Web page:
Factor 1: The Purpose and Character of the Use In determining whether a use is a fair use, the courts will look at the purpose and characteristics of your use. A quick test is to check whether the use is for nonprofit purposes (this leans toward fair use) or for commercial reasons (this leans toward an infringing use). However, this test by itself is not enough to make a determination.

-   Is your use a nonprofit use? If the answer is yes, put a jelly bean on the fair use side of the scale. What is a nonprofit use? Simply put, it is a use that is not intended to generate revenue or commercial gain for the user. The next seven questions will help you determine if your use is a nonprofit use. 

- Is your use for educational purposes? If the answer is yes, put a jelly bean on the fair use side of the scale. Educational purposes can include many uses, such as in the case of a teacher making copies of an article to be distributed to the students as a learning aid for one particular lesson or a student making copies of a reference to study and mark up while preparing a research paper.
  • Is your use for personal purposes? If the answer is yes, put a jelly bean on the fair use side of the scale. Personal uses can be a little tricky though. It is not a free ticket to use someone’s copyrighted material. A few examples of personal uses that are fair use include: - Video taping a television program to watch at a later time - Making a back-up copy of your software disks - Copying a song from one medium, such as a compact disk, to another medium, such as a computer hard disk drive, for personal use.

    • Is your use for the purposes of criticism? If the answer is yes, put a jelly bean on the fair use side of the scale. If you copy excerpts from a copyrighted work and use them as illustrative examples for the purpose of criticism, it is a fair use. Typical examples of this type of use include:

      • A scholar criticizing a theory proposed by another scholar
      • Copying portions of a particular singer’s songs to illustrate that the singer has strong political views.
    • Is your use for the purposes of commentary? If the answer is yes, put a jelly bean on the fair use side of the scale. The commentary can’t simply be a recitation of large portions of the work with supporting comments. A commentary for the purposes of fair use must include only limited excerpts from the work being commented on, typically just the minimum amount necessary to make the point.

  • Is your use for the purpose of reporting news? If the answer is yes, put a jelly bean on the fair use side of the scale.

    • Is your use for the parody purposes? If the answer is yes, put a jelly bean on the fair use side of the scale. While you are at it, go ahead and put a jelly bean in your mouth, you deserve one. For more information on what defines a parody, see the Parody section later in this chapter.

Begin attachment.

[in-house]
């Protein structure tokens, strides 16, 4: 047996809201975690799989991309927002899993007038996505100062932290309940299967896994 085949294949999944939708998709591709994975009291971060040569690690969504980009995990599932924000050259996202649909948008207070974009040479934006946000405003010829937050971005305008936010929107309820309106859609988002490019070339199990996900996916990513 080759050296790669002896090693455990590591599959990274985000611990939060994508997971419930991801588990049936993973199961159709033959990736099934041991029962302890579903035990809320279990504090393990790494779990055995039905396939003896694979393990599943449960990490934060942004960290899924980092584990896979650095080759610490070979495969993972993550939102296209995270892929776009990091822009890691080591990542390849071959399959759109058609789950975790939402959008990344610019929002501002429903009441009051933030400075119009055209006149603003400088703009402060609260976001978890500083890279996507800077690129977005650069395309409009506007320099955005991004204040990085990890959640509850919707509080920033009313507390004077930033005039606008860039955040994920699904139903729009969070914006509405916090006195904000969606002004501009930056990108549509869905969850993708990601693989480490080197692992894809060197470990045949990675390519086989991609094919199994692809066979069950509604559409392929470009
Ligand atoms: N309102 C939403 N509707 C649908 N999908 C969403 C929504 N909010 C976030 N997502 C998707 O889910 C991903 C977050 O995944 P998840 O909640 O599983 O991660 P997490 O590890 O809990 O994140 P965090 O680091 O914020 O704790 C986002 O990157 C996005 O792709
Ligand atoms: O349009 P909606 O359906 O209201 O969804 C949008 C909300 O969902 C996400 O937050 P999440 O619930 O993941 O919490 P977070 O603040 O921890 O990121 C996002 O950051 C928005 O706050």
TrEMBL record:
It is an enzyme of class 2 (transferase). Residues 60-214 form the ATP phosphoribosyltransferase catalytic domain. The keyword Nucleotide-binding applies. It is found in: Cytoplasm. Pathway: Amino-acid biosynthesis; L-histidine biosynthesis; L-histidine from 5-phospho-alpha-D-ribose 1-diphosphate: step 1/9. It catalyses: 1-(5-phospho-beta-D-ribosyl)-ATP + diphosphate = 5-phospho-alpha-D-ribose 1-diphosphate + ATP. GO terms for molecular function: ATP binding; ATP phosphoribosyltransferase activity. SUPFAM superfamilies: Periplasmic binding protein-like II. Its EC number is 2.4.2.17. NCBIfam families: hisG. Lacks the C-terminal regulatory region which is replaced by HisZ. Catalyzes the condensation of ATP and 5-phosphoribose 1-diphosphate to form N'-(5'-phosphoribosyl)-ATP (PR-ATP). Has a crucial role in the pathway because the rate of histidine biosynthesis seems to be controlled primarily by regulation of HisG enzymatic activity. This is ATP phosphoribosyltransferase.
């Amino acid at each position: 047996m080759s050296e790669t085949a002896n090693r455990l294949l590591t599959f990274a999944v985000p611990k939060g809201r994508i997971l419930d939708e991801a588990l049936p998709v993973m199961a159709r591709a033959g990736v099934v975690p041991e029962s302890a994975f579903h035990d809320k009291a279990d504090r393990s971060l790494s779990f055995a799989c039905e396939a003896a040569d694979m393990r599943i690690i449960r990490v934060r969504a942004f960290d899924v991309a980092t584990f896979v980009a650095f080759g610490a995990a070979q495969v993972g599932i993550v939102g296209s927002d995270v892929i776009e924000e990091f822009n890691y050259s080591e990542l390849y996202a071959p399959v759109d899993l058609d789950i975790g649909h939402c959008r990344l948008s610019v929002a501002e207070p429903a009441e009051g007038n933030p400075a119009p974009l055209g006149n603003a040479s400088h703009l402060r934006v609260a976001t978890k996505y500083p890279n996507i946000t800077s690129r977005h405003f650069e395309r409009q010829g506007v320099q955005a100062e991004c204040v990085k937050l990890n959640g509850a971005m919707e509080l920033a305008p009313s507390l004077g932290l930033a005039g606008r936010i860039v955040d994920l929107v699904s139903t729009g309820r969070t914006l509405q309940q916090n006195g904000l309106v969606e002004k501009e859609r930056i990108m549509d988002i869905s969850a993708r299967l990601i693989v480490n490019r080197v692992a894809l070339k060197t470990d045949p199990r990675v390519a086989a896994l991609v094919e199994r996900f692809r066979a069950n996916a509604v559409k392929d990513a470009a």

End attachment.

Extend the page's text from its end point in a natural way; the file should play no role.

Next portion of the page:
• Is your use a transformative use? If the answer is yes, put a jelly bean on the fair use side of the scale. Transformative use might sound really complicated, but it is really not so difficult to understand. If you are using an existing work and augmenting it with new and creative efforts, then you are likely transforming the work or performing a transformative use of it. However, if you are simply duplicating the copyrighted work, the copy is not a result of transformative use.

    • Is your use a commercial use? If the answer is yes, put a jelly bean on the infringing side of the scale. A commercial use is one that is intended to generate profit for the user. This profit could include money as well as fame, recognition, advertising, or the like. A few additional questions will help you determine if your use is a commercial use. You will need to put an additional jelly bean on the infringing use side of the scale for each “yes” to the following questions.

      • Will you sell copies of the new work that includes the copyrighted material?
      • Will your new work be used to entertain others?
      • If your use is through an entertainment broadcast, will you receive financial benefit for the broadcast through advertising or payment?
      • Will the new work you create fail to recognize the original author?

Go ahead and give yourself another jelly bean for getting through those questions. You are going to need a few more though, as we move through the next three factors.

Factor 2: The Nature of the Copyrighted Work The courts will also look at the nature of the copyrighted work when making a determination of fair use. Sometimes, the work is naturally intended to be copied for certain purposes. A perfect example would be a crossword puzzle in a newspaper. If you are getting ready to go on an extended business trip, you may save up a few newspapers and photocopy some crossword puzzles to take with you.

The copyrighted work can include a collection of well-known or easily discovered facts that are put together into a work without adding any imagination or creativity. For example, the four factors presented in this blog are well-known facts that are not copyrighted. However, considerable imaginative effort is being put forth in making this chapter interesting to read rather than just reciting the facts. You are free to copy the four factors but you cannot copy the manner in which we present the four facts in this blog.